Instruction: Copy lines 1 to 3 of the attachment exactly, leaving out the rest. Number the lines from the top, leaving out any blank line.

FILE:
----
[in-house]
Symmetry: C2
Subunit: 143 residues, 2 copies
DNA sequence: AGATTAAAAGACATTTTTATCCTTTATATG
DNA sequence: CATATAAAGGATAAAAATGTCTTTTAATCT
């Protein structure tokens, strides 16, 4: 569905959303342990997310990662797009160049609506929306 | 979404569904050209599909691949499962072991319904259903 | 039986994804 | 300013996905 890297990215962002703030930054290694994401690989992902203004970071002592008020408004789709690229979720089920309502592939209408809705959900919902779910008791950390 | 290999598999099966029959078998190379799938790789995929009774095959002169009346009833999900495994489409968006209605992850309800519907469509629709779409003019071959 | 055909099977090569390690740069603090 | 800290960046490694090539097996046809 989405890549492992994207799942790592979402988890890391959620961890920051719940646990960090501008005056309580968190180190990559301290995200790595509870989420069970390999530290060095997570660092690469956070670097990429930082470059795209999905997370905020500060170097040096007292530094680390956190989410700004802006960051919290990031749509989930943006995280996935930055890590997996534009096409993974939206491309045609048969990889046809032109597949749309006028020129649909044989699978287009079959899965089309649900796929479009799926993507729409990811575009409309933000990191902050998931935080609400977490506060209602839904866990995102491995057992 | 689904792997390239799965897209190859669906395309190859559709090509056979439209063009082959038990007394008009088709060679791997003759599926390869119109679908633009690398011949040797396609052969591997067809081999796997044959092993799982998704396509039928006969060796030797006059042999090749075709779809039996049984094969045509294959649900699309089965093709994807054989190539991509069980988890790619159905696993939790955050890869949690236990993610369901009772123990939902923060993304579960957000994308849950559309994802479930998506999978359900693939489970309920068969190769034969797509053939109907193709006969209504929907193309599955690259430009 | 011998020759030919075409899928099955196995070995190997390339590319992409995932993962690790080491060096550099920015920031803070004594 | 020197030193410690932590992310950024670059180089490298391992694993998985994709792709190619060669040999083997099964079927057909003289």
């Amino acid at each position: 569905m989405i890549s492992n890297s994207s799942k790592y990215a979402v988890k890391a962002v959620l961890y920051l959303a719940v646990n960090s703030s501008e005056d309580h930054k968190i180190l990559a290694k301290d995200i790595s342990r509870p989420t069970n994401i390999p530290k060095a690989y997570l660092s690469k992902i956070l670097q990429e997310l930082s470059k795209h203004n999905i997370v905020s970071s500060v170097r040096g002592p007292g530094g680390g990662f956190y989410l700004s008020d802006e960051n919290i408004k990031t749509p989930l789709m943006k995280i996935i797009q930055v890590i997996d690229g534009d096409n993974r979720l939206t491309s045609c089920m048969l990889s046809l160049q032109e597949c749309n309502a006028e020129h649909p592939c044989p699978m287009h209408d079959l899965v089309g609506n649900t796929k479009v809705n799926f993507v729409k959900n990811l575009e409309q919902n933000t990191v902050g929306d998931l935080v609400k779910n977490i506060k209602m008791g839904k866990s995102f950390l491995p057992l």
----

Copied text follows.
[in-house]
Symmetry: C2
Subunit: 143 residues, 2 copies